Handle with Care: Ohio

Frequently Asked Questions


A recent national survey of the incidence and prevalence of children’s exposure to violence and trauma revealed that 60% of American children have been exposed to violence, crime or abuse. Forty percent were direct victims of two or more violent acts. Prolonged exposure to violence and trauma can seriously undermine children’s ability to focus, behave appropriately, and learn in school. It often leads to school failure, truancy, suspension or expulsion, dropping out, or involvement in the juvenile justice system.
HWC promotes student success by promoting trauma informed schools and the building of resilience through relationships with school staff and first responders. HWC provides the training and notice to teachers so students receive care instead of consequence following exposure to adverse event(s).. We want students to stay connected and invested in school so each student can succeed to the best of their ability. Handle With Care builds upon the success of proven programs throughout the country. The program aims to prevent children’s exposure to trauma and violence, mitigate negative affects experienced by children’s exposure to trauma, and to increase knowledge and awareness of this issue.
The program is very simple: Law enforcement officers or other first responders identify children at the scene of potentially traumatic events (crime, violence, fires, accidents, etc.). The child’s name, age and school is sent by first responders in a confidential notice to the child’s school before the child starts school the next day. There is no information being given except for the child’s name and these three words “handle with care”. Schools are learning how to be trauma sensitive and identifying interventions that will mitigate the negative effects of trauma on the children. So if the child acts out, the teacher has a heads up and might send the child to the counselor instead of the principle, give the child extra time to do a project or postpone a test. When school interventions are not sufficient, therapists can provide services on site at the school for children who need therapy.
In 2009 the Office of Juvenile Justice & Delinquency Prevention published a study on children’s exposure to violence and it was a wakeup call to see just how prevalent children’s exposure to violence is in their homes, schools and communities. Nationally, Attorney General Eric Holder launched the Defending Childhood initiative on September 23, 2010, to address a national crisis: the exposure of America’s children to violence as victims and as witnesses. The West Virginia Children’s Justice Task Force in collaboration with the U.S. Attorney’s Office for the South District of West Virginia formed a subcommittee in 2011to explore programing to look at the problem of children’s exposure to violence and to look for programming that could help mitigate the negative effects of trauma on children.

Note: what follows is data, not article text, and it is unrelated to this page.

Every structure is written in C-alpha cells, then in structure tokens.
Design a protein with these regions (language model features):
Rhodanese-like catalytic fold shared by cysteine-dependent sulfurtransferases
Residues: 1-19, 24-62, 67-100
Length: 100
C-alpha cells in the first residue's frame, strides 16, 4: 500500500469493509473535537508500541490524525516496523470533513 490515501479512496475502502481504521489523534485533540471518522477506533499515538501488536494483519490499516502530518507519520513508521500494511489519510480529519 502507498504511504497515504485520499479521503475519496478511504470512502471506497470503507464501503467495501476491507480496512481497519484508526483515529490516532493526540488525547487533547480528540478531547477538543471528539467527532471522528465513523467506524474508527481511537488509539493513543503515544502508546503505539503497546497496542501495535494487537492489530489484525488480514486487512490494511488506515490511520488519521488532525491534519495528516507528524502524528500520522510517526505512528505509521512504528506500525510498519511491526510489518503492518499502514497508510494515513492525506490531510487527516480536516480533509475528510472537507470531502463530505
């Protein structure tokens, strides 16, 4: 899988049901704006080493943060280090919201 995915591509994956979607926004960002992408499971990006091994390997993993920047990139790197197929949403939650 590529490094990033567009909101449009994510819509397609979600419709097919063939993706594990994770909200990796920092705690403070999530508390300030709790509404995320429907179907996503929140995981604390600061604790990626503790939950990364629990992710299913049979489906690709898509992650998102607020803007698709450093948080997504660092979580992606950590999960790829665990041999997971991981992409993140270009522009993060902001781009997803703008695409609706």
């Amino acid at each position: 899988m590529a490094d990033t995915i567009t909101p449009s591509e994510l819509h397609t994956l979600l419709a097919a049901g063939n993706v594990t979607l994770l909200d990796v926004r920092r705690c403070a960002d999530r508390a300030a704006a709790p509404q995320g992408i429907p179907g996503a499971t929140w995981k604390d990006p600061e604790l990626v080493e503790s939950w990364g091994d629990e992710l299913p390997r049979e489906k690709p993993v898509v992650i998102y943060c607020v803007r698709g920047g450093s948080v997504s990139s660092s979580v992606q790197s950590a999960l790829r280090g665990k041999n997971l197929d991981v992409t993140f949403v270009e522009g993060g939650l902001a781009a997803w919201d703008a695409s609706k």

In 2011, this subcommittee quickly became the WV DCI Task Force. The Task Force researched national DCI initiatives and other programs around the country. WV Activist and Volunteer Mr. Leon White, who was a community partner with the U. S. Attorney’s Office, encouraged the Task Force to explore a Safe Start Initiative program launched in Brockton, MS. The WV DCI Task Force utilized components of the Brockton program, in addition to other evidence-based National Drug Endangered Children Programs and Safe Start Initiatives to develop “Handle With Care”. Technical assistance in the development of the program was provided by The Massachusetts Advocates for Children: Trauma and Learning Policy Initiative, in collaboration with Harvard Law School and the Task Force on Children Affected by Domestic Violence. In November of 2011, Timothy L. Cruz and Ed Jacobs from the Brockton District Attorney’s Office presented their Safe Start Initiative to community stakeholders from Charleston and Huntington at the 2011 Children’s Justice Task Force Conference.